Politics and policy
It was certainly a disappointment to see US President Barack Obama recently announcing banking reforms on such an unprecedented scale without reference to the global community, and in particular the G-20. He wants to do two things: the first is to limit the size of banks to get rid of the ‘too big to fail’ dilemma which costs taxpayers money when banks are threatened or go under. The other is to limit the risky activity of banks with insured deposits, from owning or investing in hedge funds and private equity.
Hardly surprising then, at the World Economic Forum in Davos at the end of last month, that well-known banking names were out in force to protest against this disjointed approach and to warn western governments that eliminating proprietary trading and breaking up big banks would do little to prevent a further crisis. They have a point. Would limiting banks’ proprietary trading (which is a tiny proportion of their business) have stopped the financial crisis? Probably not. But is this legislation likely, as bankers say, to halt nascent economic growth? Probably not. More importantly will this legislation create regulatory arbitrage as different countries apply different sets of rules and make business fiendishly complex? Probably it will.
Whether you agree, disagree or are indifferent to the various regulatory proposals being put forward (see last month’s Treasury Today for an in-depth look and analysis of how regulation might impact your business this year), as one banker pointed out while leaving Davos, one of the challenges for companies going forward will be to become totally flexible in their risk policies and to be aware that this flux of rulemaking may have more than downside. It may also present some opportunities, or loopholes as he gleefully called them, for banks to exploit the differences between various jurisdictions. So much for level playing fields.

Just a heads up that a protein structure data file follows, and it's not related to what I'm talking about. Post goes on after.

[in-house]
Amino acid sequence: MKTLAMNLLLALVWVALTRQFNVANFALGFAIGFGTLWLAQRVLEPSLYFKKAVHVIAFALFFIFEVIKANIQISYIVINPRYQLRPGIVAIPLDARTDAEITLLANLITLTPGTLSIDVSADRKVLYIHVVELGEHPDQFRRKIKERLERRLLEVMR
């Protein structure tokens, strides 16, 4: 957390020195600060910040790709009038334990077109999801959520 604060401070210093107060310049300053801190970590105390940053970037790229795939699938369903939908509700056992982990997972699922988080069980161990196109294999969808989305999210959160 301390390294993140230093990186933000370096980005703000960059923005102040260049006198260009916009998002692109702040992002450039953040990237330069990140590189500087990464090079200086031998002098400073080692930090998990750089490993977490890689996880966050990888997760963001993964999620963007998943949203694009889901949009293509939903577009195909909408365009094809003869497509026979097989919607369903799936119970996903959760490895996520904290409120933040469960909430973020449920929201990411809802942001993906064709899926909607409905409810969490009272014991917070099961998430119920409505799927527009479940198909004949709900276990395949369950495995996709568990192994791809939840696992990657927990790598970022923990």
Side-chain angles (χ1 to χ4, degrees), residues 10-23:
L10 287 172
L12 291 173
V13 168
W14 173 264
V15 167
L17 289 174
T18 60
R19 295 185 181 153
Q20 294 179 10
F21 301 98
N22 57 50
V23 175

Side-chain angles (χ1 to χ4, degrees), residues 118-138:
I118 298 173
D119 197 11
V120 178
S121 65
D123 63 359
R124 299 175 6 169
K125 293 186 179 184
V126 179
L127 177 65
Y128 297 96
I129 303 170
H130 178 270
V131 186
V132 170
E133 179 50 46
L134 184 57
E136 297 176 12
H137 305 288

If every country pursues its own set of reforms, and meanwhile has oversight bodies, committees and other influencers like Basel, the IMF, the G-20 and the EU adding to that mix, then transparency will suffer and simplicity will cease to exist. Companies will find doing global business far more complex and expensive. It simply isn’t productive.
Much of the posturing and rhetoric of various countries was clearly weakening as Davos came to a close (after all the World Economic Forum has no policymaking remit). European government representatives were no longer dismissing Obama’s proposals outright and seemed to be mulling over how they could be adapted in Europe. The trick will be for governments and global reformers to achieve a balance. There’s nothing wrong with regulators pursuing their own national legislation to strengthen banking within their own countries, but it has to be done with reference to global moves as well and less to do with populist initiatives.
The devil will be in the details and we will be watching this in the coming months to keep you up to date with alerts on the issues as they unfold. Heightened vigilance in countries that retrench from the global view, will be required.